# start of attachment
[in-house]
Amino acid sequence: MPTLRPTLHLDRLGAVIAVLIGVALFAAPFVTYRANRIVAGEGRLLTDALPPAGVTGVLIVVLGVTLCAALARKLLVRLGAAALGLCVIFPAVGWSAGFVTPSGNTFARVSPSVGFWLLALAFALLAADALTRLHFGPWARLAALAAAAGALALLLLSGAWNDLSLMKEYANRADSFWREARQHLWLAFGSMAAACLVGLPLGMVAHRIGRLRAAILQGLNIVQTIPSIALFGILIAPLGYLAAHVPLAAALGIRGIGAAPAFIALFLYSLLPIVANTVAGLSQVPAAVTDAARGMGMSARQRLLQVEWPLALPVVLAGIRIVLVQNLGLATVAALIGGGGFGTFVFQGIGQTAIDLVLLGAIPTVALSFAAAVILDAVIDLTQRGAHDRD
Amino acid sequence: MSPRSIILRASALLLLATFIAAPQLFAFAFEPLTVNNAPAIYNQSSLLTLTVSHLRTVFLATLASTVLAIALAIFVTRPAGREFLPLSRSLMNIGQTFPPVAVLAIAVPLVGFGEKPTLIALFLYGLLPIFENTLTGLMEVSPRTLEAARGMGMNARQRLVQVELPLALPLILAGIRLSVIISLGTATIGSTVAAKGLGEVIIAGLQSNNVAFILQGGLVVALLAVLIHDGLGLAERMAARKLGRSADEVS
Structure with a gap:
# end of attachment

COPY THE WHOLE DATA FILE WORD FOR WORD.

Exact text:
[in-house]
Amino acid sequence: MPTLRPTLHLDRLGAVIAVLIGVALFAAPFVTYRANRIVAGEGRLLTDALPPAGVTGVLIVVLGVTLCAALARKLLVRLGAAALGLCVIFPAVGWSAGFVTPSGNTFARVSPSVGFWLLALAFALLAADALTRLHFGPWARLAALAAAAGALALLLLSGAWNDLSLMKEYANRADSFWREARQHLWLAFGSMAAACLVGLPLGMVAHRIGRLRAAILQGLNIVQTIPSIALFGILIAPLGYLAAHVPLAAALGIRGIGAAPAFIALFLYSLLPIVANTVAGLSQVPAAVTDAARGMGMSARQRLLQVEWPLALPVVLAGIRIVLVQNLGLATVAALIGGGGFGTFVFQGIGQTAIDLVLLGAIPTVALSFAAAVILDAVIDLTQRGAHDRD
Amino acid sequence: MSPRSIILRASALLLLATFIAAPQLFAFAFEPLTVNNAPAIYNQSSLLTLTVSHLRTVFLATLASTVLAIALAIFVTRPAGREFLPLSRSLMNIGQTFPPVAVLAIAVPLVGFGEKPTLIALFLYGLLPIFENTLTGLMEVSPRTLEAARGMGMNARQRLVQVELPLALPLILAGIRLSVIISLGTATIGSTVAAKGLGEVIIAGLQSNNVAFILQGGLVVALLAVLIHDGLGLAERMAARKLGRSADEVS
Structure with a gap: